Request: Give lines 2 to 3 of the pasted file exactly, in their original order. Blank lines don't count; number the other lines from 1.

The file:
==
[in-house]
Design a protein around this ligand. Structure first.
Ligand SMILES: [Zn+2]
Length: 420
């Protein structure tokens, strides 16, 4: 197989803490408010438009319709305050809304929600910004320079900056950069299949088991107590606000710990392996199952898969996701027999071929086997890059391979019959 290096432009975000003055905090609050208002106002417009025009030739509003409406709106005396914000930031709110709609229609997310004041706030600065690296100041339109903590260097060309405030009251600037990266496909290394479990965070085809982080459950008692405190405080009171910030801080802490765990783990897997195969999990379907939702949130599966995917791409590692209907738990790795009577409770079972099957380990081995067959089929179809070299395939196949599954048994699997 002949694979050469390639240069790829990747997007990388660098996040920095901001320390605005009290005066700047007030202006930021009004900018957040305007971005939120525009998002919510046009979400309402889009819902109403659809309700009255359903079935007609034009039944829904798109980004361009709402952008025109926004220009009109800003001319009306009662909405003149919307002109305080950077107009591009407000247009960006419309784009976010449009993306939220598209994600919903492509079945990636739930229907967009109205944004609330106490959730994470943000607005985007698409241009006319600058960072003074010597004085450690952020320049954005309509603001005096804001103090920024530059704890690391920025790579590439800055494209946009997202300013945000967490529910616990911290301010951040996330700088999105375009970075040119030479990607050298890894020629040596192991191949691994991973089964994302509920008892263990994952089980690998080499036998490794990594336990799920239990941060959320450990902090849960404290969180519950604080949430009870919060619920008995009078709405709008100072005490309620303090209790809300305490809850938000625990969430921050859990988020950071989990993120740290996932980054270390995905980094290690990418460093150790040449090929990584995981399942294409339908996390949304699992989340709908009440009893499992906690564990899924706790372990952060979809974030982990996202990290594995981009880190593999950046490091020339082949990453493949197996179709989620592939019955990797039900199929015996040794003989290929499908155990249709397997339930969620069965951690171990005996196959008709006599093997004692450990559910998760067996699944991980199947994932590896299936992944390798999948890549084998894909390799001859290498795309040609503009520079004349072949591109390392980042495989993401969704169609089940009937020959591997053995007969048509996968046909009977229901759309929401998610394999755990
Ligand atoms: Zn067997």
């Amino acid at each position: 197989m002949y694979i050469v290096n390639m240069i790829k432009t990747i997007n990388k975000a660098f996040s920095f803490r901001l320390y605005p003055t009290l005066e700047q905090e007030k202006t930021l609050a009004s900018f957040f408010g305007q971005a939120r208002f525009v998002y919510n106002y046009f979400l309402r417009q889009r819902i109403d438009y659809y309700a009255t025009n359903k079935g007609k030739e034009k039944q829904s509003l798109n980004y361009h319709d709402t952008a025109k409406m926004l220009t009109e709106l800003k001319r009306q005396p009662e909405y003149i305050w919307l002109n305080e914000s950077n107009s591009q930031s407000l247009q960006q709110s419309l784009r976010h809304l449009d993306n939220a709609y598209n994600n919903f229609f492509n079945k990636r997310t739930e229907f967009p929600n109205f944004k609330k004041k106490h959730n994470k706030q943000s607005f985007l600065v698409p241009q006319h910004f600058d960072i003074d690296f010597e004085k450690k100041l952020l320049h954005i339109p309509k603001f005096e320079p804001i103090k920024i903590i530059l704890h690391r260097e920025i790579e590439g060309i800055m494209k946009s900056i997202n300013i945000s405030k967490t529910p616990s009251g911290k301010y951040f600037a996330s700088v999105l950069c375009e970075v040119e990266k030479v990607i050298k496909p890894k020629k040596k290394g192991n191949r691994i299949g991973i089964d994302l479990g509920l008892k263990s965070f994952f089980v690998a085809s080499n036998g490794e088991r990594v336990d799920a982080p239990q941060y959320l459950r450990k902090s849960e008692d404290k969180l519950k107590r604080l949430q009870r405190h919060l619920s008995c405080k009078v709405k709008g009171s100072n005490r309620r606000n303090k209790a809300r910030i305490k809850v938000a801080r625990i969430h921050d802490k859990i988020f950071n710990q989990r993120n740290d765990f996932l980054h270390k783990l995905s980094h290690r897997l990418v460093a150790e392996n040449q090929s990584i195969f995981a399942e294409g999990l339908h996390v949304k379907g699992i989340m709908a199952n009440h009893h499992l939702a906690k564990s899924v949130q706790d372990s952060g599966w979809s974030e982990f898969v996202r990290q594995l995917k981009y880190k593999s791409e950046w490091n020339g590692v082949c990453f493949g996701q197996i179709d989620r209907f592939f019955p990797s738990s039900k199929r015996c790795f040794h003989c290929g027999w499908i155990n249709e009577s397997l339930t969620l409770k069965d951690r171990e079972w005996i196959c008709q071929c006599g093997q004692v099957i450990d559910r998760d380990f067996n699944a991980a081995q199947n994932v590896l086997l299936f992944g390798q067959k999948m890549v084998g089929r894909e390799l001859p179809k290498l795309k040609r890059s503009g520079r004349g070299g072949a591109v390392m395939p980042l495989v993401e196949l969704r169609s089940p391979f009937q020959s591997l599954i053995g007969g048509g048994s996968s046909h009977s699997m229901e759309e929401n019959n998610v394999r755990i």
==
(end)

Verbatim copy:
Design a protein around this ligand. Structure first.
Ligand SMILES: [Zn+2]